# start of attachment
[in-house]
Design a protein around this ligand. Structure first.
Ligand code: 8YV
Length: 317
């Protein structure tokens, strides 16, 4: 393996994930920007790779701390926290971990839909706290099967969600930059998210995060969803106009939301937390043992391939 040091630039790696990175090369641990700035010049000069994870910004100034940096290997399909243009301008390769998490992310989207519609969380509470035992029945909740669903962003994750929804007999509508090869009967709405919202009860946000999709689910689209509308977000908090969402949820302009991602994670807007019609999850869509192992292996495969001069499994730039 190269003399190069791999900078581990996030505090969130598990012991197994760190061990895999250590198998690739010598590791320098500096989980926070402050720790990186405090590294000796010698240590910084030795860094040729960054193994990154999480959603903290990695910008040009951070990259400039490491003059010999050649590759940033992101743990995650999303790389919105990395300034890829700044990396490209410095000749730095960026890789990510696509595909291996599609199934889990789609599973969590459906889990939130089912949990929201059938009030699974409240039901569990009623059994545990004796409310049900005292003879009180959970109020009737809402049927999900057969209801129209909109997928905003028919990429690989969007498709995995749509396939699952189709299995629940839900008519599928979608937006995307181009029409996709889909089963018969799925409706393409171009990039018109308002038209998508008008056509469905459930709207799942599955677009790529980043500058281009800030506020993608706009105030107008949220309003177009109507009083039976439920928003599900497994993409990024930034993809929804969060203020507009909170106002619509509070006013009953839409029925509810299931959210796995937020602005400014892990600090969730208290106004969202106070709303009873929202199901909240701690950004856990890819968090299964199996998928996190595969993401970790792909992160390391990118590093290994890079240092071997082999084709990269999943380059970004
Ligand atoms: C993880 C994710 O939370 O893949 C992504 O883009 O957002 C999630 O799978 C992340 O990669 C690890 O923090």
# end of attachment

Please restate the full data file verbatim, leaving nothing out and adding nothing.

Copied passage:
[in-house]
Design a protein around this ligand. Structure first.
Ligand code: 8YV
Length: 317
């Protein structure tokens, strides 16, 4: 393996994930920007790779701390926290971990839909706290099967969600930059998210995060969803106009939301937390043992391939 040091630039790696990175090369641990700035010049000069994870910004100034940096290997399909243009301008390769998490992310989207519609969380509470035992029945909740669903962003994750929804007999509508090869009967709405919202009860946000999709689910689209509308977000908090969402949820302009991602994670807007019609999850869509192992292996495969001069499994730039 190269003399190069791999900078581990996030505090969130598990012991197994760190061990895999250590198998690739010598590791320098500096989980926070402050720790990186405090590294000796010698240590910084030795860094040729960054193994990154999480959603903290990695910008040009951070990259400039490491003059010999050649590759940033992101743990995650999303790389919105990395300034890829700044990396490209410095000749730095960026890789990510696509595909291996599609199934889990789609599973969590459906889990939130089912949990929201059938009030699974409240039901569990009623059994545990004796409310049900005292003879009180959970109020009737809402049927999900057969209801129209909109997928905003028919990429690989969007498709995995749509396939699952189709299995629940839900008519599928979608937006995307181009029409996709889909089963018969799925409706393409171009990039018109308002038209998508008008056509469905459930709207799942599955677009790529980043500058281009800030506020993608706009105030107008949220309003177009109507009083039976439920928003599900497994993409990024930034993809929804969060203020507009909170106002619509509070006013009953839409029925509810299931959210796995937020602005400014892990600090969730208290106004969202106070709303009873929202199901909240701690950004856990890819968090299964199996998928996190595969993401970790792909992160390391990118590093290994890079240092071997082999084709990269999943380059970004
Ligand atoms: C993880 C994710 O939370 O893949 C992504 O883009 O957002 C999630 O799978 C992340 O990669 C690890 O923090």